Christmas is a time when people come together to celebrate with their families, and special Christmas food is a big part of that. For most people, the best part of these seasonal treats are the many delicious Christmas sweets that they get to enjoy during this season.
Puddings, cakes, candies, and fruits all make an appearance on the table each Christmas season. And, just like traditions, most regions have their own favourites. So, here are some of the most delicious Christmas sweets that are enjoyed around the world.
1Bûche de Noël, France
The burning of a yule log dates back to medieval times, though in more recent years this has undergone an edible twist in France. The yule log cake (or Bûche de Noël) is a popular Christmas dessert, that is usually made of sponge cake frosted to look like a bark-covered log and decorated with marzipan and powdered sugar.
2Pan de Pasaca, Chile
While Pan de Pasaca literally means “Easter Bread” in Spanish, it is a popular Christmas sweet in Chile. It is a sponge cake made with honey and ginger, along with almonds, walnuts, candied fruits, and raisins, and was brought to Chile by German immigrants. The cake is similar to two other Christmas desserts, the German Stollen, and Italian panettone.
3Christmas Pudding, UK
Much like the yule log, Christmas puddings date back to medieval times, though it was initially a savoury dish. It is also known as plum pudding, though it doesn’t actually contain plums, instead has raisins (which were known as ‘plums’ pre-Victorian England). Christmas pudding as we enjoy it today became popular during Victorian times and is traditionally made from suet, eggs, treacle, spices, and fruits.
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These popular Christmas sweets come from Spain, though they can be found in many Spanish influenced countries, including places in Latin America. It is a nougat-like treat that is made with sugar, egg whites, honey, and almonds. You can also find differently flavoured turrón such as bars filled with candied fruit, peanuts or walnuts.
These gingerbread-like cookies are a traditional Christmas treat in Germany. They come in various shapes and sizes and can range from spicy to sweet, though they usually contain honey, spices, ginger, candied fruits, and nuts. These cookies are said to have been invented by monks in the 13th century, and can now be seen at Christmas markets across the country.
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Bibingka is a popular Christmas dessert in the Philippines. This spongy rice cake is made with rice flour and coconut milk and can have a variety of toppings. It is often eaten for breakfast during the Christmas season. Versions of this cake can also be found in Indonesia, and in South India, especially in the state of Goa.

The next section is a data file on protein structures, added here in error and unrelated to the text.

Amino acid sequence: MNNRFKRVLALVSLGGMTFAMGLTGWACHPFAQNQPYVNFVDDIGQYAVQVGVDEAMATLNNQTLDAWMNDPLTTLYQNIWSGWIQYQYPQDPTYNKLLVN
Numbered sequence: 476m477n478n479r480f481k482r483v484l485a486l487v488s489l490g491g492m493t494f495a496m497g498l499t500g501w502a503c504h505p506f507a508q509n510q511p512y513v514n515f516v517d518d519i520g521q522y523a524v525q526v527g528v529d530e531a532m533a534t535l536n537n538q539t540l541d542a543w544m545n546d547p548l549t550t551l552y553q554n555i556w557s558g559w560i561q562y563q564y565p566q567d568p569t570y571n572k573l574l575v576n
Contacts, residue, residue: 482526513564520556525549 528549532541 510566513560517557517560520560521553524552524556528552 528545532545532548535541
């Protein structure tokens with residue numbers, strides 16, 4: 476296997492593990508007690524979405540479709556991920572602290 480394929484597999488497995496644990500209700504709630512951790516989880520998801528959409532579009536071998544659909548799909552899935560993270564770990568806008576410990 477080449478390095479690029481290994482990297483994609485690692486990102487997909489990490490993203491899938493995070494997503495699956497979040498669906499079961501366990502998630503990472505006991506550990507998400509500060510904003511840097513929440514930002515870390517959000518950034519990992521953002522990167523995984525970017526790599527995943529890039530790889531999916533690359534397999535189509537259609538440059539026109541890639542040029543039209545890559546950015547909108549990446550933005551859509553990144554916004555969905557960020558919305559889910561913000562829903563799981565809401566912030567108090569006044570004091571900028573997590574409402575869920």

7Pavlova, New Zealand
Though this light dessert comes from New Zealand, it is named for a Russian ballet dancer, Anna Pavlova who visited the country in the 1920s. As the holiday seasons fall during the summer months, this light meringue-based cake with a gooey center and a crisp crust that is topped with whipped cream and fruit makes the perfect Christmas dessert.
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These delicious cookies are a Christmas staple in Denmark. Literally meaning ‘vanilla wreaths,’ the vanilla-flavoured butter cookies are often garnished with chopped almonds. Many countries around the world have also adopted these tasty cookies as part of the Christmas season.
Szaloncukor is a popular Hungarian Christmas dessert that is often found hung as a decoration on Christmas trees. It is a chocolate covered fondant candy that comes in brightly wrapped paper, and in a variety of flavours, such as vanilla, strawberry, hazelnut, and coconut. Children are expected to finish all of these treats from the tree before the holiday season is over.
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10Speculoos, Belgium and the Netherlands
The Belgians and the Dutch share one of the most delicious Christmas sweets. Speculoos (or Speculaas) are thin, crunchy shortbread cookies flavoured with spices that are associated with St. Nicholas or ‘Sinterklaas’. These cookies are often baked into festive shapes, and their appearance in markets signal the arrival of the holiday season.
11Oliebollen, the Netherlands
While the name translates to ‘oil balls,’ these deep-fried sweet doughnut-like dumplings are actually quite heavenly. They are dusted with powdered sugar and sold during the cold winter months, and during the holiday season, hundreds of street vendors can be found selling these tasty treats.